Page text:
Sex differences in the prehospital management of out-of-hospital cardiac arrest

Bryn Mumma, Temur Umarov

Research output: Contribution to journalArticlepeer-review

17 Scopus citations


Background: Sex differences exist in the diagnosis and treatment of several cardiovascular diseases. Our objective was to determine whether sex differences exist in the use of guideline-recommended treatments in out-of-hospital cardiac arrest (OHCA). Methods: We included adult patients with non-traumatic OHCA treated by emergency medical services (EMS) in the Resuscitation Outcomes Consortium Prehospital Resuscitation using an IMpedance valve and Early versus Delayed (ROC PRIMED) database during 2007-2009. Outcomes included prehospital treatment intervals, procedures, and medications. Data were analysed using multivariable linear and logistic regression models that adjusted for sex, age, witnessed arrest, public location, bystander cardiopulmonary resuscitation (CPR), and first known rhythm of ventricular tachycardia/fibrillation. Results: We studied 15,584 patients; 64% were male and median age was 68 years (interquartile range 55-80). In multivariable analyses, intervals from EMS dispatch to first rhythm capture (p = 0.001) and first EMS CPR (p = 0.001) were longer in women than in men. Women were less likely to receive successful intravenous or intraosseous access (OR 0.78, 95% CI 0.71-0.86) but equally likely to receive a successful advanced airway (OR 0.94, 95% CI 0.86-1.02). Women were less likely to receive adrenaline (OR 0.81, 95% CI 0.74-0.88), atropine (OR 0.86, 95% CI 0.80-0.92), and lidocaine or amiodarone (OR 0.68, 95% CI 0.61-0.75). Conclusion: Women were less likely than men to receive guideline-recommended treatments for OHCA. The reasons for these differences require further exploration, and EMS provider education and training should specifically address these sex differences in the treatment of OHCA.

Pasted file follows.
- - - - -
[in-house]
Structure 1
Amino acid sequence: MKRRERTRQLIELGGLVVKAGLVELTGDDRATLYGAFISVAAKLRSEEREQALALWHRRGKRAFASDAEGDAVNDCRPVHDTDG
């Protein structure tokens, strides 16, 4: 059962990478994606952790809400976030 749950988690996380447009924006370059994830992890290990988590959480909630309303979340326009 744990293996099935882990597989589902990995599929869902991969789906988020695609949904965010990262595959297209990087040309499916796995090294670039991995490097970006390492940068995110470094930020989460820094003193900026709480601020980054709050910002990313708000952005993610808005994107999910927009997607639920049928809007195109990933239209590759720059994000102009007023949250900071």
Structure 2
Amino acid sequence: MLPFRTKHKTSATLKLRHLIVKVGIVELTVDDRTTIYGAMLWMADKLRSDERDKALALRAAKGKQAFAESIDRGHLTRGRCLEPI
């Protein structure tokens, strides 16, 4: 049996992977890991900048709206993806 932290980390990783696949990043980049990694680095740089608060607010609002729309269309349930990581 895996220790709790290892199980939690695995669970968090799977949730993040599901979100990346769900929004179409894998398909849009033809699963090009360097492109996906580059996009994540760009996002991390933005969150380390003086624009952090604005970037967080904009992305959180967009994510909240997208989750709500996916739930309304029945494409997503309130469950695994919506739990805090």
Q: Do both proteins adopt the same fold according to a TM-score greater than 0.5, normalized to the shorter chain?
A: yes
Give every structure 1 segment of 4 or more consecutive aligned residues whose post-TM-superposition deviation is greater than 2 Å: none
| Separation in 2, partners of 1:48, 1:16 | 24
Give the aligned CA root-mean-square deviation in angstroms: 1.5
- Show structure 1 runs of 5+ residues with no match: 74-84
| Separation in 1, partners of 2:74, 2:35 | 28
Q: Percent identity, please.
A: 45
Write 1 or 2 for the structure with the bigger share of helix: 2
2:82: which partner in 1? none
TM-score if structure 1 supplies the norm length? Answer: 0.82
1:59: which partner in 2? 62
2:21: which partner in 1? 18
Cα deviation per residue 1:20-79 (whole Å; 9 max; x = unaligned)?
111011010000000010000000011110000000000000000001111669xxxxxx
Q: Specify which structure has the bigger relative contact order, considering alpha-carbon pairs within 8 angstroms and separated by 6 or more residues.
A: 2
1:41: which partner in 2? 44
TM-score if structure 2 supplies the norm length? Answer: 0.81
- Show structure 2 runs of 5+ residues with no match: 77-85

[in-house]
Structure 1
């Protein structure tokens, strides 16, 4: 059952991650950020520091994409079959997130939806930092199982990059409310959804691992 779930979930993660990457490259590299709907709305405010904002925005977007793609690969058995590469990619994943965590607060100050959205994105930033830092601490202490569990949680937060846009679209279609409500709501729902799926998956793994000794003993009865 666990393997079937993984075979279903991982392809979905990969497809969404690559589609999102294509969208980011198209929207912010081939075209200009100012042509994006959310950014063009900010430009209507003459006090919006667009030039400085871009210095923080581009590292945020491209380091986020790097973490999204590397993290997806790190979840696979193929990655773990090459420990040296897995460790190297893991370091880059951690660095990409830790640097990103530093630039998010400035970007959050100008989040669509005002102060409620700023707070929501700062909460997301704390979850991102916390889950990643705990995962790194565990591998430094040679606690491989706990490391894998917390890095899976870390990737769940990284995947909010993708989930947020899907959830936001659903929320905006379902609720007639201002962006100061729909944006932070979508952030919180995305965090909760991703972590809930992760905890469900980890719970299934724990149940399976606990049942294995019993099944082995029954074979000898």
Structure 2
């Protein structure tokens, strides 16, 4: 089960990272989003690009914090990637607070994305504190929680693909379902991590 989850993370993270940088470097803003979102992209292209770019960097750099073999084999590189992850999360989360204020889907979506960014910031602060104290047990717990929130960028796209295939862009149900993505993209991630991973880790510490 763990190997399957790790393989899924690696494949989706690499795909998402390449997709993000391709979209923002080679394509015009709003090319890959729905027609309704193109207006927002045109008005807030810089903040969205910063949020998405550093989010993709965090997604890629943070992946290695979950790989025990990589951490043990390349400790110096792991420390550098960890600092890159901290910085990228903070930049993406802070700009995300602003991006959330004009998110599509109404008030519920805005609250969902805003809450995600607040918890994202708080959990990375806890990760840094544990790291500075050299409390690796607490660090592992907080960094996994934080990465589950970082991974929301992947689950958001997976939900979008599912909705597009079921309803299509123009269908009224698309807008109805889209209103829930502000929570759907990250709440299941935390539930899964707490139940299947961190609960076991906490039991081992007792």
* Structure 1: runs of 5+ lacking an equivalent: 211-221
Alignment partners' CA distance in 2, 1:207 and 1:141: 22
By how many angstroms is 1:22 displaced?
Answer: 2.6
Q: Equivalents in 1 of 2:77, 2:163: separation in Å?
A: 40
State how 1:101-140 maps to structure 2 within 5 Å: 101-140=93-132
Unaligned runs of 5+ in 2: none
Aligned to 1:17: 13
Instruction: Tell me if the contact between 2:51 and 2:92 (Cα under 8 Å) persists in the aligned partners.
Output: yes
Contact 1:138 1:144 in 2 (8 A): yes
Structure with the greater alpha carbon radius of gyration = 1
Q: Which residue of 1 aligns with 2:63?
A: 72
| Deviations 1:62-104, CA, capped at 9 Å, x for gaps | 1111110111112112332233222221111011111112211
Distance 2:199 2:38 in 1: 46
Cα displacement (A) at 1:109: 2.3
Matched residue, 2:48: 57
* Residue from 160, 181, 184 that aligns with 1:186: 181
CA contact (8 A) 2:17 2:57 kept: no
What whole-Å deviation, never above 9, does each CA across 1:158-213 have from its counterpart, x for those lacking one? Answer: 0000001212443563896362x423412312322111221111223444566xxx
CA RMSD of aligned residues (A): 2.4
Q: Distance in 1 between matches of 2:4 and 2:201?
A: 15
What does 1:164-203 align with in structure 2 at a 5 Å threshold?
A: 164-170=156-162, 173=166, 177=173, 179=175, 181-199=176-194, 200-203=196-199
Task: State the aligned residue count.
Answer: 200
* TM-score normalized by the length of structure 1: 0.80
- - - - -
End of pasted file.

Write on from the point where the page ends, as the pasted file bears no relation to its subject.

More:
Original languageEnglish (US)
Pages (from-to)161-164
Number of pages4
StatePublished - Aug 1 2016


  • Heart arrest
  • Prehospital emergency care
  • Sex differences

ASJC Scopus subject areas

  • Cardiology and Cardiovascular Medicine
  • Emergency
  • Emergency Medicine


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